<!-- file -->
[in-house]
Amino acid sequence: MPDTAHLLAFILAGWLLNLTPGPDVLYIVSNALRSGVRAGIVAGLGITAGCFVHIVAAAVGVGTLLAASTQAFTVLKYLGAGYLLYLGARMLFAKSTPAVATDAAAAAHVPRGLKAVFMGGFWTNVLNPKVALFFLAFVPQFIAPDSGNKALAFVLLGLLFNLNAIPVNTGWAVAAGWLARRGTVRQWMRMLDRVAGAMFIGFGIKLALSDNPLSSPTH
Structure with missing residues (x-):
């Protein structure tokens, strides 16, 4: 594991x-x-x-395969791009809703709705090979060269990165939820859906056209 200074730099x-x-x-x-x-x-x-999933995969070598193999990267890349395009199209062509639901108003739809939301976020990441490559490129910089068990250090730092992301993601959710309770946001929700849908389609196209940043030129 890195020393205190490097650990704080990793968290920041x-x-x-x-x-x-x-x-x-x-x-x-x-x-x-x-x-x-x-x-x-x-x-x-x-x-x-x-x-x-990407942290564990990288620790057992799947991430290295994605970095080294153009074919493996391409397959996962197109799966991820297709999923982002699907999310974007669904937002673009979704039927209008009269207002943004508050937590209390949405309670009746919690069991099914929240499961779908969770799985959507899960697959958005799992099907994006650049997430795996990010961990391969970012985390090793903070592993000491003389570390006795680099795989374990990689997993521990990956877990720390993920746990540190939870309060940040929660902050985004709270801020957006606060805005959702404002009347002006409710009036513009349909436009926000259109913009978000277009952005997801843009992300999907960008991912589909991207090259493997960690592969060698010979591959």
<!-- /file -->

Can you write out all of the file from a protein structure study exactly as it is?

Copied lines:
[in-house]
Amino acid sequence: MPDTAHLLAFILAGWLLNLTPGPDVLYIVSNALRSGVRAGIVAGLGITAGCFVHIVAAAVGVGTLLAASTQAFTVLKYLGAGYLLYLGARMLFAKSTPAVATDAAAAAHVPRGLKAVFMGGFWTNVLNPKVALFFLAFVPQFIAPDSGNKALAFVLLGLLFNLNAIPVNTGWAVAAGWLARRGTVRQWMRMLDRVAGAMFIGFGIKLALSDNPLSSPTH
Structure with missing residues (x-):
């Protein structure tokens, strides 16, 4: 594991x-x-x-395969791009809703709705090979060269990165939820859906056209 200074730099x-x-x-x-x-x-x-999933995969070598193999990267890349395009199209062509639901108003739809939301976020990441490559490129910089068990250090730092992301993601959710309770946001929700849908389609196209940043030129 890195020393205190490097650990704080990793968290920041x-x-x-x-x-x-x-x-x-x-x-x-x-x-x-x-x-x-x-x-x-x-x-x-x-x-x-x-x-x-990407942290564990990288620790057992799947991430290295994605970095080294153009074919493996391409397959996962197109799966991820297709999923982002699907999310974007669904937002673009979704039927209008009269207002943004508050937590209390949405309670009746919690069991099914929240499961779908969770799985959507899960697959958005799992099907994006650049997430795996990010961990391969970012985390090793903070592993000491003389570390006795680099795989374990990689997993521990990956877990720390993920746990540190939870309060940040929660902050985004709270801020957006606060805005959702404002009347002006409710009036513009349909436009926000259109913009978000277009952005997801843009992300999907960008991912589909991207090259493997960690592969060698010979591959």